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How I teach science

What is science?

The word "science" means a lot of things to a lot of people; there is a diversity of viewpoints even among professional scientists! To me, science is, above all, a process of developing and refining ideas about how the world works by seeking, collecting, analyzing, and reporting evidence. (Physicist Chad Orzel encapsulates this process as look-think-test-tell.) My students learn the facts and vocabulary of science, of course, but they also practice scientific reasoning and scientific methods. I give them many opportunities to hone these skills, from performing somewhat open-ended laboratory experiments to analyzing primary literature excerpts and data. (My work with the website ScienceInTheClassroom.org, which annotates Science papers to make them accessible to high school students and undergraduates, is one example of the latter.) Likewise, my tests include many open-ended short-answer questions where students demonstrate their development of these skills.

Who can and should learn science?

Everyone! Irrespective of their professional and personal trajectories, ALL of my students will benefit from an appreciation of science and an ability to apply its tools, whether that means checking the source of a controversial claim or organizing data into a clear graph. Moreover, ALL of them are capable of scientific thinking (as Orzel points out). Thus, I strive to help ALL students on their respective journeys. I foster an inclusive, supportive environment with strategies like the following: I express and explain my own enthusiasm for the material, thus inspiring students' interest; I sensitively address biological differences among individuals (e.g., skin color or male/female pelvis structure); I solicit input from quiet students to ensure their voices are heard; I make reasonable accommodations for students with scheduling challenges beyond their control; and I serve as an ally for students who may face discrimination. As an example of the latter, in the wake of the 2016 presidential election, some of my UW-Bothell students were worried about their futures, so I took a bit of class time to make two main points: (1) we must all continue to work together respectfully and productively, despite having diverse views on the election, and (2) everyone here belongs here and has the full support of the faculty and staff, regardless of what any politician might say. Finally, I acknowledge that I am not an expert on diversity, and continue to educate myself on this important issue.

How should instructors like me facilitate the learning of science?

Clearly, the "sage on a stage" model of teaching -- in which a wise professor dispenses knowledge to a rapt audience of students who remain silent except to chuckle appreciatively at the prof's jokes -- is an outdated one. These days, I think of myself as part coach, part cheerleader, and part referee. The students are the athletes; they are the ones who have to play the game. My job is to give them the ball, show them how to practice, encourage them to accept formidable challenges, and ultimately judge the success of their performance. Furthermore, the most fruitful practices generally involve teamwork, in which players combine their complementary strengths. I therefore promote teamwork via simple "think-pair-share" exercises as well as more involved "jigsaw" exercises in which each team member possesses unique information needed by the rest of the team. And, like any good coach, I ask my students to think metacognitively about why they're doing what they're doing and what their current weaknesses are.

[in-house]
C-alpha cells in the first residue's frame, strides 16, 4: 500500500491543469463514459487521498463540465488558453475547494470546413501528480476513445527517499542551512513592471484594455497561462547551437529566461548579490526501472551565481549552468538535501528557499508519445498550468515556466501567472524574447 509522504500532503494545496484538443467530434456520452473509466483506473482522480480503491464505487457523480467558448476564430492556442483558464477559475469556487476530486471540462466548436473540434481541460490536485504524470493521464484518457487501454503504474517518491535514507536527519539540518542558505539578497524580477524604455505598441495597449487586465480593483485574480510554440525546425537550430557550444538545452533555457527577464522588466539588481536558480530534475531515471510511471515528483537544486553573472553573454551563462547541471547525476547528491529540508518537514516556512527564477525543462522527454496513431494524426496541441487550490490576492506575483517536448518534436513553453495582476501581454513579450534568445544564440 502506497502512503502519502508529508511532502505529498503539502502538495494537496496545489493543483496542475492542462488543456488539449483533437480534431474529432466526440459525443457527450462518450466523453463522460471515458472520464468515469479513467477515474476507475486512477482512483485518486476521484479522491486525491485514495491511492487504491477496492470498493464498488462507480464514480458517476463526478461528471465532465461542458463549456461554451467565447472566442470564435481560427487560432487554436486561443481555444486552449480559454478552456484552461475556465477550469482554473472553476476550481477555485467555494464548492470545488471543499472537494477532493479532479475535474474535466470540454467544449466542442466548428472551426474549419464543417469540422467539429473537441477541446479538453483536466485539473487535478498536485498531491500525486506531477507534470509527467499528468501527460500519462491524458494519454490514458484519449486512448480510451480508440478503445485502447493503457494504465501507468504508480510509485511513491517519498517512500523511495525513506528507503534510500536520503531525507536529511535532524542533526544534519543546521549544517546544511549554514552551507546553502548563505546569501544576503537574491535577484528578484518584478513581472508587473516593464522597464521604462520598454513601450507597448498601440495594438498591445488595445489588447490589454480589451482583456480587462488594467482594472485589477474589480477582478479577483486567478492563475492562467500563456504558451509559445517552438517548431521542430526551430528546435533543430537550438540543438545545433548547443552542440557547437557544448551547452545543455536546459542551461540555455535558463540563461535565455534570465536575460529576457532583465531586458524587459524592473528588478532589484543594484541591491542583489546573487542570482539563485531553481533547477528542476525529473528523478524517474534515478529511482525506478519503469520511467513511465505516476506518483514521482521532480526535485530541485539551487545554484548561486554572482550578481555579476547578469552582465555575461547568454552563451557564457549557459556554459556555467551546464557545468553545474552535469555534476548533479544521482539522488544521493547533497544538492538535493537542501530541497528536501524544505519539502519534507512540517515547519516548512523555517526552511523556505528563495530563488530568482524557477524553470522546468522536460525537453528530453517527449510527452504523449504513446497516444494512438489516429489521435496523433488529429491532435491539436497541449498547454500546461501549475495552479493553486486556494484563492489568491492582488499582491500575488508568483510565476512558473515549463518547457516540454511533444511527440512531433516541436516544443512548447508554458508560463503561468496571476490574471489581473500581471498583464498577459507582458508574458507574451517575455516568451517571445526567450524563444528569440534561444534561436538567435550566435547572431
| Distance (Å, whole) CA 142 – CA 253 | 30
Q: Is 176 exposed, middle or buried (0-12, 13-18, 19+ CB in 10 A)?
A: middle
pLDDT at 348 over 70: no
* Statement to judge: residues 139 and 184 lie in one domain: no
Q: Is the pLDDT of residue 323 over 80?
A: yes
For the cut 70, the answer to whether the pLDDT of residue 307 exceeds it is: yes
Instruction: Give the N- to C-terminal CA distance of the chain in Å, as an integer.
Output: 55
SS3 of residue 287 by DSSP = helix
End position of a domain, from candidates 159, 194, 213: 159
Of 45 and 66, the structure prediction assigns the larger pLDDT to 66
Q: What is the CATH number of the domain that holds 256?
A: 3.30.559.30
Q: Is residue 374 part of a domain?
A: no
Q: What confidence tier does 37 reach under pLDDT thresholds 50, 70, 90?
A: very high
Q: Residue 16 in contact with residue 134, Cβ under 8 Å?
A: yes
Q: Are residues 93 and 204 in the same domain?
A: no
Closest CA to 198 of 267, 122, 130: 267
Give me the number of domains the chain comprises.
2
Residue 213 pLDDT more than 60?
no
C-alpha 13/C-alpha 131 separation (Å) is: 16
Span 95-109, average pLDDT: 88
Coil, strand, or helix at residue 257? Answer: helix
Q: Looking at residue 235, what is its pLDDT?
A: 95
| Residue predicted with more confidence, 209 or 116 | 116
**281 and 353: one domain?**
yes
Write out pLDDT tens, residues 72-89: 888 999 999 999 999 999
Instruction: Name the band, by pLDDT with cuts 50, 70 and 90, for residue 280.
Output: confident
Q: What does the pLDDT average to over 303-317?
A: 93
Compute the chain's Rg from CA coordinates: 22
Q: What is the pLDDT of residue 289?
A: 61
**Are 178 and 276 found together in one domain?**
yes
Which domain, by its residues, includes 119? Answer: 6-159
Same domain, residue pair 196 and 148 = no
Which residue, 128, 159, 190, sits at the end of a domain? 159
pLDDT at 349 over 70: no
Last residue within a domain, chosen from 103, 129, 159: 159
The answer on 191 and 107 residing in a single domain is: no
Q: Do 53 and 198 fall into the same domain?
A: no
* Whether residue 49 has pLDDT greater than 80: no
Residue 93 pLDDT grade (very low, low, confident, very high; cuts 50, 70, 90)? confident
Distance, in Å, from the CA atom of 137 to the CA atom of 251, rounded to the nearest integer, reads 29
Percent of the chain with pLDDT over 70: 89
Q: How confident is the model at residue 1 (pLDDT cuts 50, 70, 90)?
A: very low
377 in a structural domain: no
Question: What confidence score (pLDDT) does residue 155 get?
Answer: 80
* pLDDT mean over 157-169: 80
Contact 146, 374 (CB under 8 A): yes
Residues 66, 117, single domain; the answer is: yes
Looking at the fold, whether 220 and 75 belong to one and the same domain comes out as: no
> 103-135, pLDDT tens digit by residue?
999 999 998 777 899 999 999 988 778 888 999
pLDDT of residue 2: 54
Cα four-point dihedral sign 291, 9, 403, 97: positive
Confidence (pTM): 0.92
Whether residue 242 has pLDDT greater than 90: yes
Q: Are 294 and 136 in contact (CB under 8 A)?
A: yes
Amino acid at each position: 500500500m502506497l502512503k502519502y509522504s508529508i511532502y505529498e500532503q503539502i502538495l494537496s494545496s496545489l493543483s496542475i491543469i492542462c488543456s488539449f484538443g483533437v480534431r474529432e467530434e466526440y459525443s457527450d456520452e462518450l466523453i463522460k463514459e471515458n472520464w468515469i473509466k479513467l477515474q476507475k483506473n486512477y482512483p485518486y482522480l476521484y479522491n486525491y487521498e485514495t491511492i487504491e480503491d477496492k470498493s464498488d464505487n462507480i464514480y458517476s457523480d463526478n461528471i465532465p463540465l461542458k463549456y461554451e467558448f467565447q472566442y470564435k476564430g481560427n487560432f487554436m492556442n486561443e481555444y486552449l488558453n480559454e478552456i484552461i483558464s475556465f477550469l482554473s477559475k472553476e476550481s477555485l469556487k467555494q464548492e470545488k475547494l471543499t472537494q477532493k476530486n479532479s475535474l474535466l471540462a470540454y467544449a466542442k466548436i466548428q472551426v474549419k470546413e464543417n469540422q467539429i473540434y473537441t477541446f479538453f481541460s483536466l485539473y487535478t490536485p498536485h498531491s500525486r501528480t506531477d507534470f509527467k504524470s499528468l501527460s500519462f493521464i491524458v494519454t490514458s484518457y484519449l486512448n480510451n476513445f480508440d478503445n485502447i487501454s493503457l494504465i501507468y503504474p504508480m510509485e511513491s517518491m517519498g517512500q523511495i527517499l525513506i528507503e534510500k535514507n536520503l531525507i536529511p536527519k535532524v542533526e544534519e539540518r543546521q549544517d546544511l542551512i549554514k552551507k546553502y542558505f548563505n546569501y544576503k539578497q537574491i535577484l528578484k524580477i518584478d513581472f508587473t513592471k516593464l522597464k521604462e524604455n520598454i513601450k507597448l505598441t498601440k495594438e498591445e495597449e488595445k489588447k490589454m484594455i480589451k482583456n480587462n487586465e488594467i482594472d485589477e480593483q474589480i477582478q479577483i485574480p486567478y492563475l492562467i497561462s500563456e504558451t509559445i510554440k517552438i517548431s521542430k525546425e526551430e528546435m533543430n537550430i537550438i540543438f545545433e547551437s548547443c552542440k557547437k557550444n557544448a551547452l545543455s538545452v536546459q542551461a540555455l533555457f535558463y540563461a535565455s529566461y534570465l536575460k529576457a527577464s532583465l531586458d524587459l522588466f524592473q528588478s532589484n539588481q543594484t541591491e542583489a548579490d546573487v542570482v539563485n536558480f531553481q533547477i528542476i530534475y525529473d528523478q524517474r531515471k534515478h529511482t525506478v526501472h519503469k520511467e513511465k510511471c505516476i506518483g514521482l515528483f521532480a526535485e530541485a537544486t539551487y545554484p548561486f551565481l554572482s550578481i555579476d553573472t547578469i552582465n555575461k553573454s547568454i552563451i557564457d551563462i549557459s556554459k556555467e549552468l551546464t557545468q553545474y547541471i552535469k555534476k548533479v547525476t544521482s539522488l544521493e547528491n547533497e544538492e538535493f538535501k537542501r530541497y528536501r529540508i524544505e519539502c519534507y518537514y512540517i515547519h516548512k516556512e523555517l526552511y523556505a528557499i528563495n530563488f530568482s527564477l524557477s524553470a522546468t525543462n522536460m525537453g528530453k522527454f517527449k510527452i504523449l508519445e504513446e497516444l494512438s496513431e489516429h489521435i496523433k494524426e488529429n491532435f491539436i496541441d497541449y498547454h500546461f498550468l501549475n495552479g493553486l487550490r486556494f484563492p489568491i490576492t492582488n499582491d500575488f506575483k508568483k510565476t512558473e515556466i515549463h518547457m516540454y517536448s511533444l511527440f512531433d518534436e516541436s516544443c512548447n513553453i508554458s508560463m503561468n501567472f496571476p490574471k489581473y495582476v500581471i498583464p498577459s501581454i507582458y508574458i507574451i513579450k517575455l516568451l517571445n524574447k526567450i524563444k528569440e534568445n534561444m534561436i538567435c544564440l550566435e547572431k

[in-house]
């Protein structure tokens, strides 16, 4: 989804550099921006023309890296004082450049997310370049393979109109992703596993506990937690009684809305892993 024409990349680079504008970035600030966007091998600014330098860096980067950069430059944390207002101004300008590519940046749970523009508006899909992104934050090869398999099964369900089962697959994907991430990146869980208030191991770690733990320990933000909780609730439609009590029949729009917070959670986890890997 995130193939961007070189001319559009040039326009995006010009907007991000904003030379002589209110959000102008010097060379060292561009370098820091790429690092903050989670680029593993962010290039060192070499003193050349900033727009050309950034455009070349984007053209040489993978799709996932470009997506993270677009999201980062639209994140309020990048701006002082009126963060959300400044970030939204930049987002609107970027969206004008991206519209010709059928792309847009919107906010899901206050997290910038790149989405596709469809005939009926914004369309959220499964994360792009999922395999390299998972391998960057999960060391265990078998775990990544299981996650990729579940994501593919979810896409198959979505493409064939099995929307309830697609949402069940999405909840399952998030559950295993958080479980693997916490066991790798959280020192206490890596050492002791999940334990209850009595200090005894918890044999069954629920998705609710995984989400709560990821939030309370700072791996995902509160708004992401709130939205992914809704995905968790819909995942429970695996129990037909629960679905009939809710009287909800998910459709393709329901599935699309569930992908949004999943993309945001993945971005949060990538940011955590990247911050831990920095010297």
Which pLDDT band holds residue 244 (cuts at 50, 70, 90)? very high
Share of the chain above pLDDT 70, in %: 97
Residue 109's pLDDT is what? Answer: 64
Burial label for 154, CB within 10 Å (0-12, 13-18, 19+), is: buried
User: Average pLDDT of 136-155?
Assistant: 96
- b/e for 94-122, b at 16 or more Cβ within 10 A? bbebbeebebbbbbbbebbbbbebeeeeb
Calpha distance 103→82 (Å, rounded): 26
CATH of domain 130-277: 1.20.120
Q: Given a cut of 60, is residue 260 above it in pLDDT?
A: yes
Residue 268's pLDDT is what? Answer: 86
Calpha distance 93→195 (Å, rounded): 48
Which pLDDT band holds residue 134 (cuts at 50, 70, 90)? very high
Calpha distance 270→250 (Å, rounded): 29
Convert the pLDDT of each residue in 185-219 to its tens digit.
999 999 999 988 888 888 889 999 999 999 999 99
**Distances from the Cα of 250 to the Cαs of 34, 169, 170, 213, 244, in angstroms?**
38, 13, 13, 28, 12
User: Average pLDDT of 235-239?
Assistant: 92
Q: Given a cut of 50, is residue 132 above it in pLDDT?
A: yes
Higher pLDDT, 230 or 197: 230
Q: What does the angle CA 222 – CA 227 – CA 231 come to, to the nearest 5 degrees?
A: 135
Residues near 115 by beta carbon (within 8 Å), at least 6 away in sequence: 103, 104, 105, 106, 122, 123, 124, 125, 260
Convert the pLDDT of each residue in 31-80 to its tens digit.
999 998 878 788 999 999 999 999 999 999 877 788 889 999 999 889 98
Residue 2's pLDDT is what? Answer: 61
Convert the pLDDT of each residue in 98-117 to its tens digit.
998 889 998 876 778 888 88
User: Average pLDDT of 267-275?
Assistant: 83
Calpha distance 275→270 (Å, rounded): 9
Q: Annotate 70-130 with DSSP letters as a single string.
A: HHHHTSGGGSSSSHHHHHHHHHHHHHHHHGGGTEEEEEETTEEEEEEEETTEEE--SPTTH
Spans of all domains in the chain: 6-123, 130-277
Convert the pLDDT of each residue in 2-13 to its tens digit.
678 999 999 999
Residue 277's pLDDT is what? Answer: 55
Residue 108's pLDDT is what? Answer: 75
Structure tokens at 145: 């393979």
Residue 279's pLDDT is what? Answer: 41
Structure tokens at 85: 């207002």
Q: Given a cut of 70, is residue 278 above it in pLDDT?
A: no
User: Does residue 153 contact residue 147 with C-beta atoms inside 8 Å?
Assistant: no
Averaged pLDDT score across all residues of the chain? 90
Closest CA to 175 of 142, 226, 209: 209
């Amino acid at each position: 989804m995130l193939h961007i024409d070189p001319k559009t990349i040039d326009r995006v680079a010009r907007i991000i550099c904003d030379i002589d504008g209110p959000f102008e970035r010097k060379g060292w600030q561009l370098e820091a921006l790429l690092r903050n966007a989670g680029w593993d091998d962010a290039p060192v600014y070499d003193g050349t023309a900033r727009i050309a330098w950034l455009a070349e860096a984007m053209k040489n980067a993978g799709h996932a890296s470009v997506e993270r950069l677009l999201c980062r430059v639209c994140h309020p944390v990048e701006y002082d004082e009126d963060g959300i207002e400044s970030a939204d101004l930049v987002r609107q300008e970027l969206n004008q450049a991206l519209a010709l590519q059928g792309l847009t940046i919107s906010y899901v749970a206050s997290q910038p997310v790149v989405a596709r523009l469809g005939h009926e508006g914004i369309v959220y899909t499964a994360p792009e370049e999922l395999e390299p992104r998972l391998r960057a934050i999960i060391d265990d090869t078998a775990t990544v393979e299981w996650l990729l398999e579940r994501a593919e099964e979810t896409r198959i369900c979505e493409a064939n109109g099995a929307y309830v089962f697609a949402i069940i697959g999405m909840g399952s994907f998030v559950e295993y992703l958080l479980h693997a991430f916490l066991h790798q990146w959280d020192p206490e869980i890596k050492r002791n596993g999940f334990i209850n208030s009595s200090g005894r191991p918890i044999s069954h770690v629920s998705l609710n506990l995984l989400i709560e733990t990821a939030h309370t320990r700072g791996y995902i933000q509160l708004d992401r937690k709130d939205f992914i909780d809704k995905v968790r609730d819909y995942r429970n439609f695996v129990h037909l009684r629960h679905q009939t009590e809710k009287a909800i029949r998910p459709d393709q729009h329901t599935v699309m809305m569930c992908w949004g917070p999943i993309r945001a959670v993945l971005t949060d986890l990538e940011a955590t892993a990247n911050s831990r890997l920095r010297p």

How do I differ from most other instructors?

One distinction is that I communicate extra-clearly, especially in writing. I take pride in making my assignments and tests transparent, so that students can focus on the content rather than having to decode my intentions. I avoid vague pronouncements such as "anything we've covered could be on the test"; instead, I provide detailed study guides with simulated test questions, so that the students know which challenges are most important and can prepare accordingly. And I return graded work faster than most faculty do -- generally within 2 to 4 days -- because students deserve timely feedback on how they are doing and what they are missing.

Another point of pride is that I incentivize good study habits by rewarding steady, consistent work. I generally give a quiz every week so that students are motivated to keep up with the material rather than falling behind. Likewise, my exams are cumulative so that students will strive to remember early-term material all term long. Others may say that they can't give cumulative exams because there is too much material; I prefer to beckon students repeatedly to the islands of critical content, rather than letting them swim endlessly through seas of details.

A final possibly unusual aspect of my teaching is that I am rarely content to rest on my laurels. Once a course has been taught once, it is tempting to declare it "good enough," rather than sinking tons of additional work into it. But that is not how scientific progress works, and that is not how I work either. I cannot help seeking a better textbook, a more intriguing case study, a more elegant experiment. My article "Integration of Math Jingles into Physiology Courses" (Journal of Mathematics Education 8(2): 56-73, 2015) explains how I have adjusted my use of content-rich biology music in response to student feedback, for example. Just as my students learn from iterative cycles of testing, feedback, and revision, so too do I.